Ian W. Flinn, MD, PhD, discusses the 5-year update of the BRIGHT study in MCL and NHL.
Ian W. Flinn, MD, PhD
The BRIGHT study compared the safety and efficacy of bendamustine plus rituximab (BR) versus R-CHOP or R-CVP in patients with indolent non-Hodgkin lymphoma (iNHL) and mantle cell lymphoma (MCL).
In the phase III, open-label, non-inferiority study, 447 patients were randomized to receive BR, RCHOP, or R-CVP. The median follow-up was 65 months for BR and 64.1 months for R-CHOP/R-CVP.
5-year updated results of this study were presented at this year’s ASCO annual meeting, with progression-free survival (PFS), event-free survival (EFS), and overall survival (OS) being compared using a stratified long-rank test.
Results for the overall population showed that the 5-year PFS rate was 65.5% (95% CI, 58.5-71.6) for BR versus and 55.8% (95% CI, 48.4-62.5) for R-CHOP/R-CVP. The 5-year OS rate was 81.7% (75.7-86.3) versus 85% (79.3-89.3), respsectively.
The hazard ratio (HR) for PFS was 0.61 (95% CI, 0.45-0.85; P = .0025), HR for EFS was 0.63 (95% CI, 0.46-0.84; P = .0020), and HR for OS was 1.15 (0.72-1.84; P = .5461), comparing BR vs R-CHOP/R-CVP.
Although similar results were found in iNHL and MCL, the stronger effect was observed in patients with MCL. In patients with MCL, BR reduced the risk of progression or death by 60% (HR, 0.40; 95% CI, 0.21-0.75; P= .0035), whereas in patients with iNHL, the reduction was 30% (HR, 0.70; 95% CI, 0.49-1.01; P = .0582)
OncLive: Please provide an overview of this follow-up analysis.
What has been observed 5 years later?
In an interview with OncLive, lead author Ian W. Flinn, MD, PhD, director, Blood Cancer Research Program, principal investigator, Sarah Cannon Research Institute, discussed the 5-year update of the BRIGHT study.Flinn: The BRIGHT trial is a randomized phase III trial in patients with previously untreated low-grade lymphoma and MCL. It was a study that starting in 2009 and it is a randomized trial comparing BR to R-CHOP or R-CVP. The basic design of the study was once patients were deemed eligible, their treating physician chose a standard chemotherapy for R-CHOP or R-CVP. And then they were randomized…to receive that standard chemotherapy or BR. Our study was initially designed to be a noninferiority trial so, the primary endpoint of the trial was complete remission rate, which was judged by an independent review committee. In 2014, we published that it was noninferior; the complete remission rate was 31% with BR versus 25% for the standard chemotherapy. That clearly met the noninferiority endpoint of the trial. During this year's ASCO, we updated those results for the event-free survival and the time to event analysis such as OS and PFS and duration of response.
These results showed that it’s very consistent that there was superiority to BR in regards to PFS, EFS and duration of response. But, we did not see a difference in OS between the 2 arms, which looked very similar.
What does this update mean for the treatment landscape?
There were some unexpected results—it looked like there was increase in second malignancies in patients treated with BR. When we dove down into that in more detail, we found that a lot of these second malignancies were actually skin cancer, such as squamous cell carcinoma of the skin and basal cell carcinoma of the skin. So, when you excluded those, it was really just progression of the underlying disease. We found that while that it is no longer statistically significant, there was still, numerically, an increase in the number of malignancies that we need to understand. I think that BR in the last 5 years has become the standard frontline therapy for many patients in the United States. It is interesting to talk to people around the world, as they do not always necessarily share our perspective. There are regional variations of whether BR, R-CHOP, or R-CVP is used, but in the United States, I think it'll remain BR.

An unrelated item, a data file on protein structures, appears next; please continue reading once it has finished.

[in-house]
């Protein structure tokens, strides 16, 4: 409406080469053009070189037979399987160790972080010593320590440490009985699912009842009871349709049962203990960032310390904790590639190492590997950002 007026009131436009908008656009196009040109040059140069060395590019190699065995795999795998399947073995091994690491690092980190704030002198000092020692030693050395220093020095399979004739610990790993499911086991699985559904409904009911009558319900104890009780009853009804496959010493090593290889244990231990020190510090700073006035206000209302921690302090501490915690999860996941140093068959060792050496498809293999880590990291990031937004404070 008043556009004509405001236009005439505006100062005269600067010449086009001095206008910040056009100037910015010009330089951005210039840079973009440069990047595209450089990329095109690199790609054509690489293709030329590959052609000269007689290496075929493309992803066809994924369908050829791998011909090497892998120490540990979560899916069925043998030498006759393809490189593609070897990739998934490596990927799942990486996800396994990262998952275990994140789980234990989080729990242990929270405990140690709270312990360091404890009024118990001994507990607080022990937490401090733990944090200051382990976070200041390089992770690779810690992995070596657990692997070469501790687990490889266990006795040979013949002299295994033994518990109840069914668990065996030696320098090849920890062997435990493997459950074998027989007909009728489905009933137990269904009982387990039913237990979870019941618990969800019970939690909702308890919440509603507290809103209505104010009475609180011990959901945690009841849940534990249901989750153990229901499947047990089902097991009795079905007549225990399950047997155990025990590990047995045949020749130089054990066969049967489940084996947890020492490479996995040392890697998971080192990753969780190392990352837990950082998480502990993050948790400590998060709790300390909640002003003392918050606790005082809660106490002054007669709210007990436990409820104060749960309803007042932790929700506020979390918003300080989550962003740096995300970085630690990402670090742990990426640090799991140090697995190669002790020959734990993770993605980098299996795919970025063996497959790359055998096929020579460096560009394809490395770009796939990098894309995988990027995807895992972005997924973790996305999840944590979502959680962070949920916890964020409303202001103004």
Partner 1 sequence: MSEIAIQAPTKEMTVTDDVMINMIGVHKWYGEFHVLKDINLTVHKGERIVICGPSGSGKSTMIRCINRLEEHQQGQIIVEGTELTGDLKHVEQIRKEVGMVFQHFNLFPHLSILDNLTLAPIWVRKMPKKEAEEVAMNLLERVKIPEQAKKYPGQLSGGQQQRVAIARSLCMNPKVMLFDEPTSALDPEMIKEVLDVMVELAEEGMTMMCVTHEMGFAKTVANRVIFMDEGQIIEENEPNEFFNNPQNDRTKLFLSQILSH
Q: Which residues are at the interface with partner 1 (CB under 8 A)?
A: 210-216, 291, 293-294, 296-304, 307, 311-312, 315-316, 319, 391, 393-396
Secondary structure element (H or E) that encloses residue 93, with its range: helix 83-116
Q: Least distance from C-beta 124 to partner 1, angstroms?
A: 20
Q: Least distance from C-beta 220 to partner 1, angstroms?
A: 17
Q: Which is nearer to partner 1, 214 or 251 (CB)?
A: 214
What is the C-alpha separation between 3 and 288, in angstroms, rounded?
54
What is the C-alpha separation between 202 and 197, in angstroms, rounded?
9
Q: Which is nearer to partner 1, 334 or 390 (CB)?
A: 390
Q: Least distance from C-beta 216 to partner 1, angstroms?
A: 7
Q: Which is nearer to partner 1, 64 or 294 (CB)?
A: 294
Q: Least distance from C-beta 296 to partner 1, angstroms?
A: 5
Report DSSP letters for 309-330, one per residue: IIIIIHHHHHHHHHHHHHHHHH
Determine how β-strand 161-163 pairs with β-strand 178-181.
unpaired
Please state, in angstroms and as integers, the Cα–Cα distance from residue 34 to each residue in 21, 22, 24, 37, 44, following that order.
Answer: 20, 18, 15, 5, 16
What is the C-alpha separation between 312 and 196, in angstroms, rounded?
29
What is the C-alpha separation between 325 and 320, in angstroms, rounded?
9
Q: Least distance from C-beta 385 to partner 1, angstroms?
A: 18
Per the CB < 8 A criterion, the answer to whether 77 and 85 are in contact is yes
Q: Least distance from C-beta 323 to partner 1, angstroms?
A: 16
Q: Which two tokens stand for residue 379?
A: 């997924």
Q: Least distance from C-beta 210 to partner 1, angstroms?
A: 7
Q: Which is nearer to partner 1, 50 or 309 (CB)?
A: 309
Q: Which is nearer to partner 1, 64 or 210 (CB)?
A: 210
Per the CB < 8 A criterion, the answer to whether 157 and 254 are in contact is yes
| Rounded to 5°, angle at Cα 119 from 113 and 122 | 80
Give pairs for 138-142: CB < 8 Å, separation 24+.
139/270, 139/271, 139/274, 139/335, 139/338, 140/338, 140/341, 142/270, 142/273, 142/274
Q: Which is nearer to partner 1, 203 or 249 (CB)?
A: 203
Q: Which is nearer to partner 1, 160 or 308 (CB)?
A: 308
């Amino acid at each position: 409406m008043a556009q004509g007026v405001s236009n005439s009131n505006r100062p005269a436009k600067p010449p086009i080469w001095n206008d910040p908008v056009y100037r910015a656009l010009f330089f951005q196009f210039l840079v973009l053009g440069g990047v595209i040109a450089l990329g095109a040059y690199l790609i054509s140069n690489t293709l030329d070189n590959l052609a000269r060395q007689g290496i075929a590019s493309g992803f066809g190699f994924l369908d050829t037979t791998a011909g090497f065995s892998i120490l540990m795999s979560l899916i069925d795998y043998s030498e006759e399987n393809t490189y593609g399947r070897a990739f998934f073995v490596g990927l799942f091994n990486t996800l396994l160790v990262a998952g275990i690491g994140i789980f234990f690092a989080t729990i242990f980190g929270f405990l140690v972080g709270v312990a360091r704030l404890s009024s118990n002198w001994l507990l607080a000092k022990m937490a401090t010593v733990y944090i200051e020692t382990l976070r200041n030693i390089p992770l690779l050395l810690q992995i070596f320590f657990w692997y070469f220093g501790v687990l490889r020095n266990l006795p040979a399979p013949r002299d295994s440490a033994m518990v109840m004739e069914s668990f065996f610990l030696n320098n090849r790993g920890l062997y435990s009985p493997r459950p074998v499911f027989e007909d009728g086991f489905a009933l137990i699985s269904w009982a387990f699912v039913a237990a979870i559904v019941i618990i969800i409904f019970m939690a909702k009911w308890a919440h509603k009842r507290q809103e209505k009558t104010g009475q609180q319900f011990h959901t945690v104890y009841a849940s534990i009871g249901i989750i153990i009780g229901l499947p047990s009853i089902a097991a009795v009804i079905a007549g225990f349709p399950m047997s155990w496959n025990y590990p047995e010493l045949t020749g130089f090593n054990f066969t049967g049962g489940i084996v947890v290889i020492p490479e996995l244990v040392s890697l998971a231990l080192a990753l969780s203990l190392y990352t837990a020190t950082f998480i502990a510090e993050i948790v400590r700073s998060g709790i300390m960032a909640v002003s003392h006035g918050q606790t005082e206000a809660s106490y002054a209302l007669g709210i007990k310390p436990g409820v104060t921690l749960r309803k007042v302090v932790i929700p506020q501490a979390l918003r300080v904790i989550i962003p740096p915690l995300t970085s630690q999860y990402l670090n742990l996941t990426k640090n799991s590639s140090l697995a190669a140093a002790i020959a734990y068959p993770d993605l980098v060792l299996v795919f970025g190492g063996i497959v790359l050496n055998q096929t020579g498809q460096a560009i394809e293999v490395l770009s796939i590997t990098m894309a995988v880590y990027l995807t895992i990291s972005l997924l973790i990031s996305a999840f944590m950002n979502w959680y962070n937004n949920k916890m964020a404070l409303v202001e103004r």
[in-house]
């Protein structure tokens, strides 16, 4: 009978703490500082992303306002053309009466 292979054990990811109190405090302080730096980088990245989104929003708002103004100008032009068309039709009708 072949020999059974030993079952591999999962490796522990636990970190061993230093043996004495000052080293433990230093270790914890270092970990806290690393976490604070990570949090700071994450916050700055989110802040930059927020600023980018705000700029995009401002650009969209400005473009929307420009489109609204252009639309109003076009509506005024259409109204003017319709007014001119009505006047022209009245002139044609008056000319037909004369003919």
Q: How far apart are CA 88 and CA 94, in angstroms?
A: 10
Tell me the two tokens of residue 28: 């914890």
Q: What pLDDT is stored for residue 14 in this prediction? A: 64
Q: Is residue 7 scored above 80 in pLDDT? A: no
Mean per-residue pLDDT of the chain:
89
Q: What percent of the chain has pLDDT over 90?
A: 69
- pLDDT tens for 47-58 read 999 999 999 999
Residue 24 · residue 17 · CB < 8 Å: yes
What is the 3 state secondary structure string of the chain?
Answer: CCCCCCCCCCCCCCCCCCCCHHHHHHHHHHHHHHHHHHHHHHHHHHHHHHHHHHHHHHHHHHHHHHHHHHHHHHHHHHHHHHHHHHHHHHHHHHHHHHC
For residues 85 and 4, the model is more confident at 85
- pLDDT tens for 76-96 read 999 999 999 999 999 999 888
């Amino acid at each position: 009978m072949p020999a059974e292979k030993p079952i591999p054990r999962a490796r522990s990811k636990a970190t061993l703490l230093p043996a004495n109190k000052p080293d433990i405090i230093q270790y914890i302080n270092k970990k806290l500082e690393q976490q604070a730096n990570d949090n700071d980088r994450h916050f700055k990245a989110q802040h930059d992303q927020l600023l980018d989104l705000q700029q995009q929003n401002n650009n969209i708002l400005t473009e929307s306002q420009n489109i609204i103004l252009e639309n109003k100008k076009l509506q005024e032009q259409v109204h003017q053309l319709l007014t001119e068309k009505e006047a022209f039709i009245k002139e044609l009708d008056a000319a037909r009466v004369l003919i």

This data confirmed many previous thoughts toward this regimen, especially if you did not like R-CHOP or R-CVP. So, I think this regimen is here to stay for a while.
Are there any efforts toward adding in more agents to this regimen?
The next steps are primed to get away from the nondiscriminatory, cytotoxic chemotherapy and go toward more targeted therapies in the future.That is an interesting approach, and people have tried that. First of all, low-grade lymphoma is a very difficult disease to study in terms of OS, and even though this study was not geared to look at OS, there really was not a trend toward improvement. One of the reasons was, thankfully, because people live many years, and if you progress on BR you can then go get R-CHOP or R-CVP. There are some problems with crossover of these things. Which is a good problem to have here, but it makes challenges in designs that are based on OS in low-grade lymphoma.
What would you like community oncologists to know about this BR regimen?
I think it would be great if we could get away from chemotherapy, or adding drugs onto this regimen. Right now, drugs such as PI3-kinase inhibitors—because of the toxicities profiles that we have seen—have been hard to move to the frontline. So, there is not an obvious new addition to BR to improve things. We may have to start from scratch with some new regimens.The toxicity profile is what we reported in our initial publication in 2014, and there is increased hypersensitivity reaction. I think to many people’s surprise, there is actually a fair amount of nausea with BR and there was lymphocytopenia.
The good news for BR is that on the R-CHOP and R-CVP side, [there were] increased incidents of neutropenia, peripheral neuropathy, and alopecia.
Flinn I, van der Jagt R, Chang JE, et al. First-line treatment of iNHL or MCL patients with BR or R-CHOP/R-CVP: Results of the BRIGHT 5-year follow-up study. J Clin Oncol 35, 2017 (suppl; abstr 7500).